WATCH: Four rules decisions that were equally as infuriating as Dustin Johnson's last night
Golf has probably the most complicated set of rules of any sport and players are expected to know all of them and call penalties on themselves for any infringements.
Following Dustin Johnson's farcical US Open win, when he was docked a shot after his final round when his ball moved on the fifth green - having been told on the 12th tee officials would be reviewing the matter - we look at some of the other numerous controversial rules incidents.
DUSTIN JOHNSON, 2010
It felt like history was repeating itself at Oakmont as in the PGA Championship at Whistling Straits six years ago Johnson held a one-shot lead when he drove into a sandy area on the final hole. With fans crowded around his ball it made it difficult to distinguish whether he was in a trap or not and not realising he was actually in a bunker Johnson grounded his club. He made bogey to tie with Bubba Watson and eventual champion Martin Kaymer but missed the play-off after being informed he had incurred a two-stroke penalty.
TIGER WOODS, 1999
A comprehensive knowledge of the rules can be a huge advantage to a golfer but so can their popularity. At the Phoenix Open Woods found his shot obstructed by a boulder. Such was the sheer number of fans following the then world number one he commandeered a large group to move the huge rock out of his path after declaring it a loose impediment. It is unlikely any other player would have been able to call on such manpower.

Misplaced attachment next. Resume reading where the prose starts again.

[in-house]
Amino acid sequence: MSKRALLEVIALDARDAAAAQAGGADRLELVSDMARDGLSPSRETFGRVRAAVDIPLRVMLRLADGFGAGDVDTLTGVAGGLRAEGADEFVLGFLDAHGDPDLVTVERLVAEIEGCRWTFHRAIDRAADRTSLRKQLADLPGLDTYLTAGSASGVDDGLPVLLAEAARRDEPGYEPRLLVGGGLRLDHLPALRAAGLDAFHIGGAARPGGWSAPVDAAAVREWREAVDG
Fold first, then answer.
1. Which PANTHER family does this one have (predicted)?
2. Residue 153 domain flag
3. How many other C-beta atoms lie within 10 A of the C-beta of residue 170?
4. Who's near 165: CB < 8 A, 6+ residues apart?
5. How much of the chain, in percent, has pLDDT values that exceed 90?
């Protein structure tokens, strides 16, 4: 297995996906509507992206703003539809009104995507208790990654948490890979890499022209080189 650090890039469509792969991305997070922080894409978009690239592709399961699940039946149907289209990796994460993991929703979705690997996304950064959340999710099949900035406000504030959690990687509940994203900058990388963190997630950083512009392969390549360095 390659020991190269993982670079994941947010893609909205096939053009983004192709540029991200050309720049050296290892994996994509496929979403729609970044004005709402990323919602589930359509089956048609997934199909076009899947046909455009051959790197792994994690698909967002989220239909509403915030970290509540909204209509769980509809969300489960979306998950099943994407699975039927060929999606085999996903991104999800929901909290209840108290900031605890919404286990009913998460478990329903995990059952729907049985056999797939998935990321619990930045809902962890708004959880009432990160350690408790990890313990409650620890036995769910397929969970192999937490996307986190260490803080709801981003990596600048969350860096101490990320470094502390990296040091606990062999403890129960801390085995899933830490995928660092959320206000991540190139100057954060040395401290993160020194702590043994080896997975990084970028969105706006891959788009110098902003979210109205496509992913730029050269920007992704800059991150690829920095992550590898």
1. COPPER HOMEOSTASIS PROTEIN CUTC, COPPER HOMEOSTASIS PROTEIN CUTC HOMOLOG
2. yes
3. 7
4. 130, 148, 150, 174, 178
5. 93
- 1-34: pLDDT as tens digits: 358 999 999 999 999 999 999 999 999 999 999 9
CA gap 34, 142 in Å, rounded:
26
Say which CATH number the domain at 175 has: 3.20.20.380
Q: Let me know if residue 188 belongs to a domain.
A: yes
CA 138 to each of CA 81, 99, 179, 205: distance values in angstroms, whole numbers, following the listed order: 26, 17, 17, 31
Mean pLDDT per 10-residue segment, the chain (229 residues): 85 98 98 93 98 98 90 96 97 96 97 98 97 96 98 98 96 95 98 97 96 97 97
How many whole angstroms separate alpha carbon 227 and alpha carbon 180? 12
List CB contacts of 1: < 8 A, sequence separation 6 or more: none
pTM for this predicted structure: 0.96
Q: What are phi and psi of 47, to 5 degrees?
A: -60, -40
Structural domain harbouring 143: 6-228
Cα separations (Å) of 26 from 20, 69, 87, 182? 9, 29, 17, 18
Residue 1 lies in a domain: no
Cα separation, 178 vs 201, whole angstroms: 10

TIGER WOODS, 2013
For all Woods' understanding of the rules even the best-informed make mistakes. At the Masters he took an incorrect drop on the 15th hole after hitting into the water in the second round but despite being reported by a television viewer the competition committee failed to recognises the error when reviewing video evidence. Only when Woods referred to dropping the ball two yards further back in a post-round interview did they review the footage again and penalise him with a two-shot penalty. However, he was not disqualified for signing an incorrect scorecard as officials felt they were to blame by not presenting the evidence to the player before he signed his card. Critics argued Woods' stature and reputation played a major part in the decision.
CAMILO VILLEGAS, 2011
Another eagle-eyed viewer calling in resulted in the Colombian being disqualified from the Tournament of Champions in Hawaii. When a chip up the slope to the 15th green rolled back, Villlegas swatted away some loose pieces of grass in front of his divot as the ball was still moving down the slope, breaching a rule which states loose impediments cannot be moved while the ball is in motion. Villegas had already completed his round so the two-stroke penalty imposed afterwards meant he was disqualified for signing an incorrect scorecard - a rule which has now been changed to account for such eventualities.